Consecrate the fiftieth year and proclaim liberty throughout the land to all its inhabitants.
It shall be a jubilee for you …
The recent Platinum Jubilee celebrations reminded me that jubilee is a Bible idea. Buried in Leviticus, the third book of the Old Testament (probably somewhere we don’t often tread!) we find mention of both the Sabbatical Year and the Year of Jubilee. The main theme of Leviticus is God’s holiness, and ways in which the Israelites, God’s chosen people, should worship and live so that they keep their relationship with Him alive. God promised that if they followed the commands He’d given them, then they would know His blessing. But He also warned them that if they were disobedient, then things would go badly wrong.
One of the Ten Commandments is about keeping the Sabbath holy, a day of rest that mirrors God Himself resting after His creation, and a day blessed by Him. The Sabbatical Year was a year of rest for the land, with no planting, pruning or reaping, accompanied by God’s promise that what He provided in the sixth year and what grew of its own accord in the seventh year would provide enough to eat. The Year of Jubilee, coming after the seventh of a series of Sabbatical Years, in other words every fifty years, was rather like a super Sabbatical Year! As well as no planting, pruning or reaping, all property would revert to its original owner, and those compelled by poverty to sell themselves into slavery would regain their freedom.
Part of the reason things turned sour for the Israelites was that they failed to keep instructions like these. And while the details don’t easily read across to today’s world - and indeed don’t need to because of what Jesus has done since to put us right with God - they contain some principles that are important to hold onto.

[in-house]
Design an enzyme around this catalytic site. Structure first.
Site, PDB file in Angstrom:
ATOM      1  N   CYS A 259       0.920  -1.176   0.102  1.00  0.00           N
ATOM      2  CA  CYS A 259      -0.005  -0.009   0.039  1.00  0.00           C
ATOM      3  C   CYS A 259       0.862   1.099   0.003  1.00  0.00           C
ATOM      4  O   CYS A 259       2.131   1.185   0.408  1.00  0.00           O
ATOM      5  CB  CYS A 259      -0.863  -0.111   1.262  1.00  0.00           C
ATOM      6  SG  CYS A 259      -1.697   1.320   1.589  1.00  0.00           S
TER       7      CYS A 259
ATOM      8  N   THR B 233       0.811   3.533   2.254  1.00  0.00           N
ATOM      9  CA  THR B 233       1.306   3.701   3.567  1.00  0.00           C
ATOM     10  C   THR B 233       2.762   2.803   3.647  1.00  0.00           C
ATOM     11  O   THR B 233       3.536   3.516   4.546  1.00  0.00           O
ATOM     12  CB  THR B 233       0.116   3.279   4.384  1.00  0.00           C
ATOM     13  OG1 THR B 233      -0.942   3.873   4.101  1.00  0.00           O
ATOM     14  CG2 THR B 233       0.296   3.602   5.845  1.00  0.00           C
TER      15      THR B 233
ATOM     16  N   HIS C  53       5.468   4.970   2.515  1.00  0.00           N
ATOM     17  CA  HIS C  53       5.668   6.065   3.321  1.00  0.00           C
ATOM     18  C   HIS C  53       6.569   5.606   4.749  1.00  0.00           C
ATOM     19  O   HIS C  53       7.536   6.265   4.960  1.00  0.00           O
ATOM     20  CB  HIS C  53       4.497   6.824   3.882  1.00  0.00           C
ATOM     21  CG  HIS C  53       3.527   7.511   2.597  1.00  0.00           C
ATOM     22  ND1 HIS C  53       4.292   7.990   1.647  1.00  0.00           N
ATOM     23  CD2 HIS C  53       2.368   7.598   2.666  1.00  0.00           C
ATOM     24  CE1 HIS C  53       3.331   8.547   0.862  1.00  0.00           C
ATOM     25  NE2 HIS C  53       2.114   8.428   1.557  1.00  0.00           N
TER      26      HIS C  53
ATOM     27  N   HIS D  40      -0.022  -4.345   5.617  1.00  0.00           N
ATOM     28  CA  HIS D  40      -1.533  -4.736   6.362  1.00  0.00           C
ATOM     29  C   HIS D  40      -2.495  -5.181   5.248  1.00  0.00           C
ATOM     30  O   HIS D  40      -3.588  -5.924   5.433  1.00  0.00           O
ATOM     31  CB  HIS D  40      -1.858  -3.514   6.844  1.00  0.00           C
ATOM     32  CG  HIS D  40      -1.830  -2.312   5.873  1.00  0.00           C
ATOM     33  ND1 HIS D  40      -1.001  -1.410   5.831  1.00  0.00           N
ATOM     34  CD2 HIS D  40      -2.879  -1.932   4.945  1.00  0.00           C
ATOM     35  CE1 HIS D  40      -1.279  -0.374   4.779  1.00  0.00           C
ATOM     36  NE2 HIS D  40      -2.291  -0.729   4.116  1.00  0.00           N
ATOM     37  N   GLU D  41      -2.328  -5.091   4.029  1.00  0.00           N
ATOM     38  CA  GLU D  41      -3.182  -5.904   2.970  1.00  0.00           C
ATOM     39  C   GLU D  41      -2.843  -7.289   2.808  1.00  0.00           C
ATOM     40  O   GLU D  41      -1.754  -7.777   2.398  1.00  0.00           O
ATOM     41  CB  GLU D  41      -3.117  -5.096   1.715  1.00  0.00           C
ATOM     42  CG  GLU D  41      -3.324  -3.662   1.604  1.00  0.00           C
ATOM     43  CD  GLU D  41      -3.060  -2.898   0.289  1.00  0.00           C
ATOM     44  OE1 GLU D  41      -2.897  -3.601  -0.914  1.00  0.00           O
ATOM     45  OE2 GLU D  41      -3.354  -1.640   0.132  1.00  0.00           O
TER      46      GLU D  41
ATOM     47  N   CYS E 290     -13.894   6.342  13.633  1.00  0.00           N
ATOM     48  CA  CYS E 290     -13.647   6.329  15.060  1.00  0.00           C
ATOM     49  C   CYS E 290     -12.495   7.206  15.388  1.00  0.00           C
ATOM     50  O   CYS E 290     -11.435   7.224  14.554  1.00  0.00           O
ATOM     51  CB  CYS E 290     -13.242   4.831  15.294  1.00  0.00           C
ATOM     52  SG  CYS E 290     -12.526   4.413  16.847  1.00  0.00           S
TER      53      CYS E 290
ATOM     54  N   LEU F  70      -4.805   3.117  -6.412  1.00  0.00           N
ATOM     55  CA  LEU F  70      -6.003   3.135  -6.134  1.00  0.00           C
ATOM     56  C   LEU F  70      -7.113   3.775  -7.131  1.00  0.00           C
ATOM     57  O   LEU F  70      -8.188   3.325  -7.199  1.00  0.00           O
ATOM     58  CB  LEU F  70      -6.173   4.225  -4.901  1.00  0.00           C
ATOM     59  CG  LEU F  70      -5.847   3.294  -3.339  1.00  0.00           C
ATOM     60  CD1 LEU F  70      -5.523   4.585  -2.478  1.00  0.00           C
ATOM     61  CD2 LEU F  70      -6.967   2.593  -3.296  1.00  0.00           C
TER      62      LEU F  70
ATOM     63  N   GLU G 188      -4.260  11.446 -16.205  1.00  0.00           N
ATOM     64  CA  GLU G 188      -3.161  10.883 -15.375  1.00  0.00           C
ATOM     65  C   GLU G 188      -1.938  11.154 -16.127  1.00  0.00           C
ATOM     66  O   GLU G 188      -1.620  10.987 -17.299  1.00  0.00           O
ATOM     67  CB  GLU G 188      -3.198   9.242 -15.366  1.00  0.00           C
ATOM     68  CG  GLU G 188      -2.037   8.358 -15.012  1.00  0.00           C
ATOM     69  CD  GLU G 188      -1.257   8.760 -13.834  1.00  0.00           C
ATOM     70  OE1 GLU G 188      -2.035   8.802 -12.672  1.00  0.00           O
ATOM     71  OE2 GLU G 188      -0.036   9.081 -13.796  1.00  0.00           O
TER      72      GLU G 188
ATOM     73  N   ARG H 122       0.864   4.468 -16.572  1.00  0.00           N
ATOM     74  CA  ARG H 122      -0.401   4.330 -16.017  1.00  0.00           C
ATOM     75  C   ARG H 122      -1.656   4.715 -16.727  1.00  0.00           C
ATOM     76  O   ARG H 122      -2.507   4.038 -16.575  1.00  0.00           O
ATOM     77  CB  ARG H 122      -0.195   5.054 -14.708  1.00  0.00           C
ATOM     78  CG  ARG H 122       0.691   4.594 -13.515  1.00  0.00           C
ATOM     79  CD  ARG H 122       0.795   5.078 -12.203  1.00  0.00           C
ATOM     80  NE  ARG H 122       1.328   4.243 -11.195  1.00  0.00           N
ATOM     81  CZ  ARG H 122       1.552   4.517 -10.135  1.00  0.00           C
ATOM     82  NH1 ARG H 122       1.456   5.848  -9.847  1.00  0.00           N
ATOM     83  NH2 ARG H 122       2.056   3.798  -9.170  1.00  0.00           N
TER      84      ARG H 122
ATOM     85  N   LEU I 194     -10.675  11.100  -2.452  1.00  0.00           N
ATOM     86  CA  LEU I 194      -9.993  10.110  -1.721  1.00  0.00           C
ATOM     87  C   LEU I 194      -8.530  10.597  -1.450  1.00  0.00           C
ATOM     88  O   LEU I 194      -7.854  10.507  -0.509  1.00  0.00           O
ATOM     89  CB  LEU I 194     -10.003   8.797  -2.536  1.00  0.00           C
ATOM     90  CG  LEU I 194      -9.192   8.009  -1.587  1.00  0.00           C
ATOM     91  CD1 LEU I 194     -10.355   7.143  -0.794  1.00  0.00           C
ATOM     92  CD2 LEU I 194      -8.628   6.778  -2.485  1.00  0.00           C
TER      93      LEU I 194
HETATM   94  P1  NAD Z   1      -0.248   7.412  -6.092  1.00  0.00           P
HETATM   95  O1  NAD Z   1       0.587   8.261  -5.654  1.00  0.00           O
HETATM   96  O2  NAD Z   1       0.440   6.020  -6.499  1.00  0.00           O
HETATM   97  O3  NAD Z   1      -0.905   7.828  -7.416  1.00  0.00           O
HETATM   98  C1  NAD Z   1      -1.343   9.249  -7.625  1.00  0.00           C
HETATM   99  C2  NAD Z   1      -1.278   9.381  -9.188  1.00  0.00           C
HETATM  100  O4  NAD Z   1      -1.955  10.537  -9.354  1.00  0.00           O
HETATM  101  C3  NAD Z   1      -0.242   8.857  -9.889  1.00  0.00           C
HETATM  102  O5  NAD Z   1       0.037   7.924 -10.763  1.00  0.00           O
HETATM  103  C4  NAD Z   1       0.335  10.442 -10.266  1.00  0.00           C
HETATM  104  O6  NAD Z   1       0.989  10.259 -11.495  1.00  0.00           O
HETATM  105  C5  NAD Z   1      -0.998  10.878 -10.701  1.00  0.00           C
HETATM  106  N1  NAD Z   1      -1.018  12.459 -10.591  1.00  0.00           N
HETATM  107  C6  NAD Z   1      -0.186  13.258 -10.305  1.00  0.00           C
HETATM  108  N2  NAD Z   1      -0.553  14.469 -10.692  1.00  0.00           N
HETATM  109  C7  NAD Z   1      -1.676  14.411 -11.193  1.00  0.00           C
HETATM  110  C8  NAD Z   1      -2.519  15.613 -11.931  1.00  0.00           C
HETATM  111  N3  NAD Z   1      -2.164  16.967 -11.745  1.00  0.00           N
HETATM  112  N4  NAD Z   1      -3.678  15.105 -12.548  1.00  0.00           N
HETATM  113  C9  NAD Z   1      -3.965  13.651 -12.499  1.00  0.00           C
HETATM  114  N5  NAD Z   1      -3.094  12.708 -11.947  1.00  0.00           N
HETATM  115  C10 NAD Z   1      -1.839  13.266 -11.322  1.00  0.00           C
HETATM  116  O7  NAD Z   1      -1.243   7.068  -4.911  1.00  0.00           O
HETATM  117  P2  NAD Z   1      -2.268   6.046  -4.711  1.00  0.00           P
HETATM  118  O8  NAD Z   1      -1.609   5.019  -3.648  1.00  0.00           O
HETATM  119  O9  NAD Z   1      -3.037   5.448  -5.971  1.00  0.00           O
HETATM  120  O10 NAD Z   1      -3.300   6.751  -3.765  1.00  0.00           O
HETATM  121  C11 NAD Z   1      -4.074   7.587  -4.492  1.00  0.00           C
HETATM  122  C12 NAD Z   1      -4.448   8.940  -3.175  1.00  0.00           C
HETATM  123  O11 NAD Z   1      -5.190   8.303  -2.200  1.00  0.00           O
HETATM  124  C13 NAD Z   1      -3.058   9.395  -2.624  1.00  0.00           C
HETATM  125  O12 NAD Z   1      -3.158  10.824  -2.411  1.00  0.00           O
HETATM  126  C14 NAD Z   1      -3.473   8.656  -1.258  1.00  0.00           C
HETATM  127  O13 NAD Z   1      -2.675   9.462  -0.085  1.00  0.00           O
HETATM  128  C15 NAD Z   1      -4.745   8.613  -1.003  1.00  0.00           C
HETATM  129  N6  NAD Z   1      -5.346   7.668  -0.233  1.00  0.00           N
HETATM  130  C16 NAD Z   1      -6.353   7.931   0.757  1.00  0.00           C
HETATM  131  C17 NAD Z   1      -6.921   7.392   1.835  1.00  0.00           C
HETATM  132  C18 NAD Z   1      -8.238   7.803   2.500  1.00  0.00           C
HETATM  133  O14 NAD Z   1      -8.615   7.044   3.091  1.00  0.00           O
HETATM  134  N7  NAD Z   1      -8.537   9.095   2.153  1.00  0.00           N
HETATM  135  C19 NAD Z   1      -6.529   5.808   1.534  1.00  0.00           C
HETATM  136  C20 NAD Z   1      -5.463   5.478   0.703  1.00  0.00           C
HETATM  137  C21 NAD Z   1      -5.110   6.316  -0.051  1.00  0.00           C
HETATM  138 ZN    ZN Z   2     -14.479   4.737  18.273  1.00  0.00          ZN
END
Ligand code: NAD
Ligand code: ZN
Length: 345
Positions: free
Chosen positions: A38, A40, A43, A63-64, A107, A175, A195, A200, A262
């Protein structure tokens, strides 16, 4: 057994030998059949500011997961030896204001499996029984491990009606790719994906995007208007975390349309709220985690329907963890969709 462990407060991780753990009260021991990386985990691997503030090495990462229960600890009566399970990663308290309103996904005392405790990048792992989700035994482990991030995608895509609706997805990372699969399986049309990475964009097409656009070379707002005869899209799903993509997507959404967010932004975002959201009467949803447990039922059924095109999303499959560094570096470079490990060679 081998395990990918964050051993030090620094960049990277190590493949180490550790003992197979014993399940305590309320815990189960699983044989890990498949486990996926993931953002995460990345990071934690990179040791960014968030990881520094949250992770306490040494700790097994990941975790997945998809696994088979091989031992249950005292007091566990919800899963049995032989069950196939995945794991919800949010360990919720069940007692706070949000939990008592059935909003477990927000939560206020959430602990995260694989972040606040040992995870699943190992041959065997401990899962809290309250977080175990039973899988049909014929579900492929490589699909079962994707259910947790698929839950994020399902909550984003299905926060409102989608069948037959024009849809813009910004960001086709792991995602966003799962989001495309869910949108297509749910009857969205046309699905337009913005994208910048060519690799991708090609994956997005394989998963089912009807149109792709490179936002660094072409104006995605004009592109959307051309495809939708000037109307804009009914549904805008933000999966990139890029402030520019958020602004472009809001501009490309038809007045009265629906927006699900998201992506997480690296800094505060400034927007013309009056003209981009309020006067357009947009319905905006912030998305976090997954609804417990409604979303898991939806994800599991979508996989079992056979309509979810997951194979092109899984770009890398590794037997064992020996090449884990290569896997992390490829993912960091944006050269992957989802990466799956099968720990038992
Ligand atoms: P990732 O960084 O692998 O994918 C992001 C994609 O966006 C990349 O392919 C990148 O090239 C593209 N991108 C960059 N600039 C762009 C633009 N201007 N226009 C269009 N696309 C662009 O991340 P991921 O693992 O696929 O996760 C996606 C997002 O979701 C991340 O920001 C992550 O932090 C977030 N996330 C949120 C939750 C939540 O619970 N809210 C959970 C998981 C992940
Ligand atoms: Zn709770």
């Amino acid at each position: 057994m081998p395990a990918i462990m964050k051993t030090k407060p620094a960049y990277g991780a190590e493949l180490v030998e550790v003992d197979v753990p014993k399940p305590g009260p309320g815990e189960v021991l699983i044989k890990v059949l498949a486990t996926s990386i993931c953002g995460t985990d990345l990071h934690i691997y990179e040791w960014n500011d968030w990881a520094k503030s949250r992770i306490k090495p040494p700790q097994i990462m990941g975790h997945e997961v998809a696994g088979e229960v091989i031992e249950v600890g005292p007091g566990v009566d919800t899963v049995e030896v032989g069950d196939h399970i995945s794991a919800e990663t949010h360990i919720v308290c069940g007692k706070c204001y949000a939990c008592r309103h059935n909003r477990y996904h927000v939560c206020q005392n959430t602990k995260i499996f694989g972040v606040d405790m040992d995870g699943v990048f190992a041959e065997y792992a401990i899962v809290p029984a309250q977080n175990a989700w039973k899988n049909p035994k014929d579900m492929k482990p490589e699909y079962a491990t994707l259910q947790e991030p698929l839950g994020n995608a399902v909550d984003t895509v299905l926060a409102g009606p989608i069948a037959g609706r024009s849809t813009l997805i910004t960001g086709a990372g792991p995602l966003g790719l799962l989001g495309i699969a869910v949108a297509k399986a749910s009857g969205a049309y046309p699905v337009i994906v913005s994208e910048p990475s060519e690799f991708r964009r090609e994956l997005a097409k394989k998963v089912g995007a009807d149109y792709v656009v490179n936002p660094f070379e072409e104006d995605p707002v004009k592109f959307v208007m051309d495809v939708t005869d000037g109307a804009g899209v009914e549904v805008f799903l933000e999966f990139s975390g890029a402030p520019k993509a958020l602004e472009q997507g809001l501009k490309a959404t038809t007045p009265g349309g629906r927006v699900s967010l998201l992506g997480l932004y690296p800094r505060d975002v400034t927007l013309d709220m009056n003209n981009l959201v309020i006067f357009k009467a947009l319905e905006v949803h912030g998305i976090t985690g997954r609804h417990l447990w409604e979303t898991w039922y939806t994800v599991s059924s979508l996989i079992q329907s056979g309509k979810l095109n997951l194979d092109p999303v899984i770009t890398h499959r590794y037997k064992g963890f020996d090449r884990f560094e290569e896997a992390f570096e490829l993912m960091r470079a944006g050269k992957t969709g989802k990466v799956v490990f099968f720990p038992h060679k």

We live in a very driven culture, which values things like achievement, efficiency and personal success. It’s very self-sufficient and self-confident, and if others miss out because of how I live, then that’s just the way things are. But jubilee directly challenges this. It’s a reminder that, ultimately, all we have comes from God, and He’s the one in whom we must place our trust. It’s a reminder that we have a responsibility towards those who are weak and vulnerable, rather than just looking out for ourselves.
The Year of Jubilee also foreshadows what Jesus would do. At the start of His ministry, He points to Himself as the one who will fulfil Isaiah’s great prophecy
The Spirit of the Lord is on me, because he has anointed me to proclaim good news to the poor. He has sent me to proclaim freedom for the prisoners and recovery of sight for the blind, to set the oppressed free, to proclaim the year of the Lord’s favour (Luke 4:18,19)
Through His life, death and resurrection Jesus brings jubilee to us, releasing sinners from their spiritual debts and their slavery to sin. And despite all the blessings and opportunities we enjoy in life, our trust must be in Him above everything else. However counter-cultural or wordly-unwise it may seem, we need our eyes to be fixed on Him and our hearts to be reaching out to others.
Lord, help me to live out the spirit of jubilee, placing my trust in you above all other things and showing a heartfelt and practical concern for the weak and vulnerable. Amen